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Wednesday, 30 December 2009

A-Z of Zimbabwe Cricket 2009: Part 5 [M-O]

M - Maruma Stakes Claim

There are just too many quality spinners in Zimbabwe at the moment, and the national team fields a three-pronged spin attack of skipper Utseya, Ray Price and Graeme Cremer very often in ODIs these days. Lack of quality seam bowling options could be one reason for this strategy, but inability to leave out one of these three, since none of them deserve to sit out, could well be another. But add to this mix another set of spinning options in Timycen Maruma, John Nyumbu and up and coming Dylon Higgins, and you have luxury. Maruma has sensed the need to step up a gear and be at his best every time he takes the field in domestic competitions, and as a result has done exceedingly well with both bat and ball, thus pushing the selectors to sit up and take notice.

Maruma has played for Zimbabwe before, but due to the spin luxury of the national team, has found it difficult to make the cut for now. He has scored big and quick runs with the bat in the 2009/10 domestic season, and is the leading wicket taker in the Logan cup this year with 48 scalps at an average of less than 16. He has done everything he can to knock on the doors of the national squad, and would be a serious contender to fill an all-rounder spot when the next team selection is made.

N - No Sight, but Great Vision - du Plessis Continues to Impress and Inspire

Those who have followed Zimbabwean cricket in the last decade, especially their home matches, would in all probability, know about a certain Dean du Plessis, and would certainly have loads of respect for the man, and a lot of sympathy and astonishment too. Dean du Plessis is blind from birth, due to tumors developed on the retina of his eyes, and doctors said he would not survive for long. He is in his 30s now, and still going strong, commenting about the game on radio and television. He developed interest in cricket at a very young age thanks to his brother who used to play, and started following radio commentary, and due to enhanced hearing abilities, started understanding the game just by listening to what was going on.

The most astonishing moments of listening to Dean du Plessis in the commentary box for me was when he announced that Dilhara Fernando had probably the most deceptive slower ball among the bowlers going around the world, and again when he said that the pull shot was the favorite shot of Craig Wishart when he pulled one over midwicket for six. He not only understands the game and analyses it, but also remembers many statistics and facts he has realized in the past, and uses this knowledge to dissect the game as it progresses, never lagging behind the pace of the game for a moment, despite his humongous limitations.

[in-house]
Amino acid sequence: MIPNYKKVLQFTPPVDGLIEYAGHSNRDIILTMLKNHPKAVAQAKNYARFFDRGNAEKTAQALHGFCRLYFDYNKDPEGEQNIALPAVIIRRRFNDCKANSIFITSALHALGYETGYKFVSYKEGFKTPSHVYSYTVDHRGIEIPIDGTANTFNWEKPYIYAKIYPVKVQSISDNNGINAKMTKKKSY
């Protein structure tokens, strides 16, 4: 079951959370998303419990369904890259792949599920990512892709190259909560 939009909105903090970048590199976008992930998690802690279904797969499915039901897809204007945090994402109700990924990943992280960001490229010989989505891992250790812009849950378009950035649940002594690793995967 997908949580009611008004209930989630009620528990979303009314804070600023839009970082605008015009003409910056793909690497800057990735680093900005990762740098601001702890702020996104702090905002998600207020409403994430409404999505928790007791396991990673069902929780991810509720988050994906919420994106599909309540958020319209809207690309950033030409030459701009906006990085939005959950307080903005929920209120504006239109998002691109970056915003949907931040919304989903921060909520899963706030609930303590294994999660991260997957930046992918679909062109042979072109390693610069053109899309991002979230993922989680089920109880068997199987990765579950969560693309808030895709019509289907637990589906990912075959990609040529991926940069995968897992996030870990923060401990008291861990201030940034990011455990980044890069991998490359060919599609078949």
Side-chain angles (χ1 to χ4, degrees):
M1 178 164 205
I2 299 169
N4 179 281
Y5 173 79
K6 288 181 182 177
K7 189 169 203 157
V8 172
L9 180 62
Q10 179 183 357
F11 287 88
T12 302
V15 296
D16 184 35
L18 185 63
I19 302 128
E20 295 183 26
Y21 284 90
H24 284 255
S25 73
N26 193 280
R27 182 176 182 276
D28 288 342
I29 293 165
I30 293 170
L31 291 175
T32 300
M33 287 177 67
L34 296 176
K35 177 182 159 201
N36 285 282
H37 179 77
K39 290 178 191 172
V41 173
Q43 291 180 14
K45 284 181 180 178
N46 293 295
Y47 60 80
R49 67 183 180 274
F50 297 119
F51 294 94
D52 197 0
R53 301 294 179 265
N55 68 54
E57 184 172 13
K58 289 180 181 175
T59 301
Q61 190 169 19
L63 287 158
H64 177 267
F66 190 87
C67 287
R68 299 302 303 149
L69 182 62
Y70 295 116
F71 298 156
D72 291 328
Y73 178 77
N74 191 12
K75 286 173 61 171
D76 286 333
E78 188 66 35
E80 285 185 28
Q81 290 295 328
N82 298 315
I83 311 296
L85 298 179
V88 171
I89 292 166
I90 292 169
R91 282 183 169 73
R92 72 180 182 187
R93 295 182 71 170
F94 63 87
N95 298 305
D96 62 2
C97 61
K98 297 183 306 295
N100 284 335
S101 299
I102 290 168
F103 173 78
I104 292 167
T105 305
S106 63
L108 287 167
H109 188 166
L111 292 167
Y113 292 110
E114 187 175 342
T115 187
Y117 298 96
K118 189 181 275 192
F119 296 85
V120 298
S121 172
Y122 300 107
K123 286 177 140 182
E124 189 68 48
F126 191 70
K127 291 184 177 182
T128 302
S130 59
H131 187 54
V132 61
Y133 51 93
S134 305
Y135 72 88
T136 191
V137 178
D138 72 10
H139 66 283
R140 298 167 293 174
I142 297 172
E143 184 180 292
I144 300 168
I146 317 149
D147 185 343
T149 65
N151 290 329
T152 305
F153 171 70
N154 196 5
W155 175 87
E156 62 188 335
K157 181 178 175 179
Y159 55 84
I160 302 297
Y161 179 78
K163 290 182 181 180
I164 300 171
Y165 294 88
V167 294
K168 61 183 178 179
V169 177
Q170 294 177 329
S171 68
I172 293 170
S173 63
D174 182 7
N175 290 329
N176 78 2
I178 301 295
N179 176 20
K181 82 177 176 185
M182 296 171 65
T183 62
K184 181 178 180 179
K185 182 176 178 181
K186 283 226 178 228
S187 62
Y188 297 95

du Plessis became more visible to cricket followers around the world in 2009 when the Times featured an article on him. He was also sent to Bangaldesh tour as part of the official touring party of ZC, and did his first commentary stint outside of Africa, thus gaining recognition and respect of people in the subcontinent. Here's wishing the inspirational du Plessis all the very best and hope we can hear his insightful commentary for years to come.

O - Ozias Bvute becomes the Face of ZC

Zimbabwe Cricket, the governing body for cricket in Zimbabwe, has been in limelight for all the wrong reasons over the past few years, especially after the Heath Streak led rebel walkout. Many point fingers at some of the adminsitrators who probably grew too ambitious and looked to bring in too many changes too early, and in many cases, with personal ambitions taking precedence over cricketing successes of the country. Peter Chingoka, the prsident of ZC for almost two decades, has been the most visible face of ZC administration, but in 2009, he took backseat and allowed the CEO Ozias Bvute get a lot of media visibility. Most stories around the rebel walkout period show Bvute as the prime reason behind dissidance, but it seems he is taking a lot of steps towards correcting his mistakes, or at least appears to have been doing so, probably sensing pressure from the unity government at home, and the ICC. Realizing positive action as the need of the hour, the much criticized Chingoka might have taken a wise step to distance himself from the visible administrative activities in an attempt to develop a new outlook for ZC.

Ozias Bvute also might have played a huge part in reconciling differences with former greats like Heath Streak, David Houghton and Co., who have come back into the system in coaching capacity. It would be difficult to analyze the effect this change would bring, as Bvute too has been around for ages now, but one can hope and pray that this new outlook would bring better days for cricket in Zimbabwe.


Dr Satendra Singh said...

"Zimbabwean fan" is a rare commodity as it was always. So its heartning to see the painstaking efforts you are making. I especially like your unique talent of finding out unseen photographs. I seriously envy your database :)I just hope by the 2011 WC you would gather enough indians to support Zimbos- Situ!

Prasanna said...

I personally loved that photograph of Dean du Plessis. What an inspiring character!

Regarding gathering support, Situ, let us do that together :)

Dr Satendra Singh said...

Always there for any Zimbabwean cause. You, afterall saw me as "MadHead" on ESPNStar.Times have changed and lot of info now available. I remember sticking to cricket samrat, sportstar and ZCU site only and now we have ZCF, ZCN, and detective VP. Keep inspiring people and count me always on ur side. Happy new year buddy.

Prasanna said...

Happy New Year to you too, Zimbabwean Kapoor :)